Home Nonprofit organization Seoul National University partners with top international experts to study methane emissions from Korea’s natural gas system

Seoul National University partners with top international experts to study methane emissions from Korea’s natural gas system


(SEOUL, SOUTH KOREA) Environmental Defense Fund (EDF), a leading international non-profit organization, today announced that it has signed a new agreement with the Seoul National University Graduate School of Environmental Studies (SNU GSES) to study where and how much methane leaks from the country’s gas distribution system in Seoul. They will also facilitate collaboration between industry, government and scientists to develop new policies and practices to reduce methane emissions throughout the nation’s gas system.

Attending the event were EDF’s Senior Vice President for Energy Transition, Mark Brownstein, and EDF’s Chief Scientist and Senior Vice President, Dr Steven Hamburg, as well as SNU’s Yonghoon Son, Vice Dean of the Graduate School of Environmental Studies, and Teacher. Sujong Jeong of SNU’s Graduate School of Environmental Studies.

“Reducing methane is a vital goal that must be achieved to achieve carbon neutrality and respond to the climate crisis. The research agreement between EDF, a global research institute that will soon launch a methane monitoring satellite, and SNU’s Graduate School of Environmental Studies will provide an important opportunity to address the global climate crisis in Korea and beyond said Sujong Jeong of SNU. .

Natural gas is composed primarily of methane, which is a powerful greenhouse gas. Last fall, South Korea joined more than 100 countries, including Japan and the United States, in signing the Global Methane Pledge, which calls for collective efforts to reduce methane emissions by 30 percent. by 2030. New research under the deal could help policymakers better understand how far it can reduce emissions by tightening gas infrastructure.

Asia-Pacific countries have become a key driver of the natural gas market. Already, South Korea, Japan and China account for 50% of global liquefied natural gas (LNG) trade. By 2050, the region is expected to account for nearly 60% of new growth in global gas demand. Natural gas is preferable to coal in terms of reducing carbon dioxide emissions, but leaking methane and other emissions undermine these benefits.

“South Korea is a world leader in innovation and clean energy technologies like electric vehicles. Joining forces to help find and reduce methane emissions is a vital opportunity to expand that role, both in the region and on the global stage,” said EDF’s Brownstein.

Credible and transparent data on methane emissions along the oil and gas supply chain is urgently needed to design mitigation strategies and enable effective policies, but emissions data from LNG gas production, storage and delivery through long-distance and local pipelines in the Asia-Pacific region have been particularly sparse.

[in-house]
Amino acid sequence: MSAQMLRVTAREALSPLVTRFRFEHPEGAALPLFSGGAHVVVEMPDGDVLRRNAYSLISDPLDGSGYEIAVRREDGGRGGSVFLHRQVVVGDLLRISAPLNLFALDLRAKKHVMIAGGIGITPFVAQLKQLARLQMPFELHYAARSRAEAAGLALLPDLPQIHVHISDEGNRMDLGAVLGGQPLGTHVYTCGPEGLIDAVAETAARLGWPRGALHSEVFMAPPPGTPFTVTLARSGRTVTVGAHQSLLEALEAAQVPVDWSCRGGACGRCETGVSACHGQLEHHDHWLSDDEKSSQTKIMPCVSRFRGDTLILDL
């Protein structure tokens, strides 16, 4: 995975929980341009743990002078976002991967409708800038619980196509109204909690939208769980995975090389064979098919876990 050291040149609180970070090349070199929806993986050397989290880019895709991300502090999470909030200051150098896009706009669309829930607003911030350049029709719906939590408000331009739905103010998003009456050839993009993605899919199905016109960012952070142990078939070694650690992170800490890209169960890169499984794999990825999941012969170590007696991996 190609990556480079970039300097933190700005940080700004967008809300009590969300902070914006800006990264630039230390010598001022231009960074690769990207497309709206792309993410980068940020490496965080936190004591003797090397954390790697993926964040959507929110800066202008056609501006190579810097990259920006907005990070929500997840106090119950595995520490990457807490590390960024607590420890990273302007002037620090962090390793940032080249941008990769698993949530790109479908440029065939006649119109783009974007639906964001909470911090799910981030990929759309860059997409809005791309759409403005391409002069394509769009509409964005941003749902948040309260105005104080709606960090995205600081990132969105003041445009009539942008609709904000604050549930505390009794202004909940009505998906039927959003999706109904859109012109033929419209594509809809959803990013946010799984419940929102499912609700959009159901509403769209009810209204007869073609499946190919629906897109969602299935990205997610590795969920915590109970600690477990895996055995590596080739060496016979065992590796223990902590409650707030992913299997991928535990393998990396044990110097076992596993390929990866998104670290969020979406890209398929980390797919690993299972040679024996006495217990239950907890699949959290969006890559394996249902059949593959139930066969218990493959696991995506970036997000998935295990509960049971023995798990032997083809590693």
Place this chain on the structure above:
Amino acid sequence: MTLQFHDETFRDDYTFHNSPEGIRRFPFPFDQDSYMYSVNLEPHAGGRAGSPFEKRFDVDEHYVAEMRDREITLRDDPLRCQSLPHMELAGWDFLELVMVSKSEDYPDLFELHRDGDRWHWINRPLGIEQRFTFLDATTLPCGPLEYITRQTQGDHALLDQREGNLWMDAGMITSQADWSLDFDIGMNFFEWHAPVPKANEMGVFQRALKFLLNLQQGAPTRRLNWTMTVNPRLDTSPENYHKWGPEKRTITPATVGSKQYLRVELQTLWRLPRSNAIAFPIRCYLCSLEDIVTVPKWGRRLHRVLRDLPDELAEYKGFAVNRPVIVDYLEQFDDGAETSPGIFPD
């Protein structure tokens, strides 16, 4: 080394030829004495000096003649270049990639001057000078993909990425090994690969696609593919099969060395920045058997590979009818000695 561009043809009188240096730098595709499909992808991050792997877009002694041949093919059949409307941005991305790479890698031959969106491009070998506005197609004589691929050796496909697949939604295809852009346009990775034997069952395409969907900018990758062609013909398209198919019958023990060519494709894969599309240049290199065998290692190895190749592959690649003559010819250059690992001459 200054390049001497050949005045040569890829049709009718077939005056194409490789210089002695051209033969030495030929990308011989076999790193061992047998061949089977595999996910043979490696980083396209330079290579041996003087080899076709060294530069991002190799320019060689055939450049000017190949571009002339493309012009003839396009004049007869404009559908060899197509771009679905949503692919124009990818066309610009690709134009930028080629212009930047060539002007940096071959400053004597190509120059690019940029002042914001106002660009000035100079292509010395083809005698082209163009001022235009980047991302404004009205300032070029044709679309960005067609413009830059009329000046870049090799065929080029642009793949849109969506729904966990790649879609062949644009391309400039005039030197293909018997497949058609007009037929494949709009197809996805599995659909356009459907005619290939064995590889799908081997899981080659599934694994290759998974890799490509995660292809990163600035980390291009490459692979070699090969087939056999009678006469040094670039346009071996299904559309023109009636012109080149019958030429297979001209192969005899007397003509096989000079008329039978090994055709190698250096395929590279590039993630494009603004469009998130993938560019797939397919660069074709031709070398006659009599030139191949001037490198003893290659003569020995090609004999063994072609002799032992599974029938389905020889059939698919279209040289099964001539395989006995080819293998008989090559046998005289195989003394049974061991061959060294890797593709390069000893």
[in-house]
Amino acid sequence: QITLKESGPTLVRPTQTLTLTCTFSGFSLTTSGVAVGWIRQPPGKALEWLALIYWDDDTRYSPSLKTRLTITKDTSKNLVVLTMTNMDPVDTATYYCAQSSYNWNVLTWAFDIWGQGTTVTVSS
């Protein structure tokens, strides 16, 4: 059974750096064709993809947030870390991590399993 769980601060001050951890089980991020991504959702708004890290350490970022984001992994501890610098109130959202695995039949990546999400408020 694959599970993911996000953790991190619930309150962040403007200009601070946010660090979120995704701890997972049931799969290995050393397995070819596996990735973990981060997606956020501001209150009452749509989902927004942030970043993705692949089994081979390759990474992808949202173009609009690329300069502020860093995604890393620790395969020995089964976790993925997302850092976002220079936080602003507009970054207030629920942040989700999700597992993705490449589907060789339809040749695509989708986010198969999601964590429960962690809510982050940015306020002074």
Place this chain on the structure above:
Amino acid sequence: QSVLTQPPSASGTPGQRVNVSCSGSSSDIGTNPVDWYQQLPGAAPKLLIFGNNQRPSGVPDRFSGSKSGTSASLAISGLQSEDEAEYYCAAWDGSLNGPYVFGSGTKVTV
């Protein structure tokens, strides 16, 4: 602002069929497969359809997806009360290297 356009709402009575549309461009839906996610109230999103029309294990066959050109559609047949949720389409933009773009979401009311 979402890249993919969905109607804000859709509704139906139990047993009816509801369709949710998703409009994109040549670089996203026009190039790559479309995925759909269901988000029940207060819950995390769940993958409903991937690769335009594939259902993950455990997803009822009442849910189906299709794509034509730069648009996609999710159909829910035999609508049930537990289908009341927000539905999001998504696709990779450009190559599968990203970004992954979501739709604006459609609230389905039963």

The joint effort of SNU GSES and EDF is expected to contribute to filling the gaps in the understanding of methane emissions from oil and gas by facilitating the exchange of scientific knowledge and best practices related to methane measurements, as well as to validate the evolution of remote sensing data and to provide information in differences between and within datasets.

“We are delighted to collaborate and share resources to support and advance the development of policy-relevant methane science with the prestigious Seoul National University,” said EDF in Hamburg. “This is a critical opportunity for countries and businesses to accelerate their ability to achieve the ambition of net zero and energy security pathways, targets and commitments.”

The International Energy Agency says oil and gas operators in Asia-Pacific can use current technologies to reduce methane emissions by 70% by 2030.

“Reducing methane emissions is an achievable and very cost-effective process. It starts with locating and measuring emission sources,” Hamburg said. “This partnership with SNU represents EDF’s commitment to work on region-specific methane mitigation strategies and we hope it will contribute to Asia-Pacific oil and gas suppliers being in able to rapidly achieve net-zero greenhouse gas emissions.

Under this agreement, EDF and SNU will cooperate to:

  • Facilitating dialogue and collaboration between scientists, academics, industry and policy makers on methane studies and energy policy to raise awareness of methane climate impacts and achieve reductions.
  • Methane detection, mapping and measurement of the Seoul city urban gas distribution network in accordance with best practices and principles, resulting in a peer-reviewed scientific publication.
  • Exchange of information and experiences regarding the study of methane emissions, including methods for detection, mapping, quantification and attribution of methane emissions from the natural gas distribution network and LNG facilities.
  • Development and dissemination of SNU-EDF research results with key stakeholders, and exchange of information associated with EDF leadership and activities in institutions such as the International Methane Emissions Observatory (IMEO) and MethaneSAT, LLC.

Created in 1967, EDF is headquartered in four key regions (China, India, Europe and the United States) and operates in 28 geographical areas with unique projects covering programs in the fields of energy, nature and health. EDF has contributed significantly to raising awareness of the importance of methane mitigation in the global climate agenda through a decade of science and advocacy that has expanded knowledge and solutions to tackle methane . Soon this set of solutions will include data from EDF’s subsidiary, MethaneSAT, which, when in orbit around the Earth next year, will be able to provide comprehensive, high-quality methane from at least 80% of the world’s oil and gas production.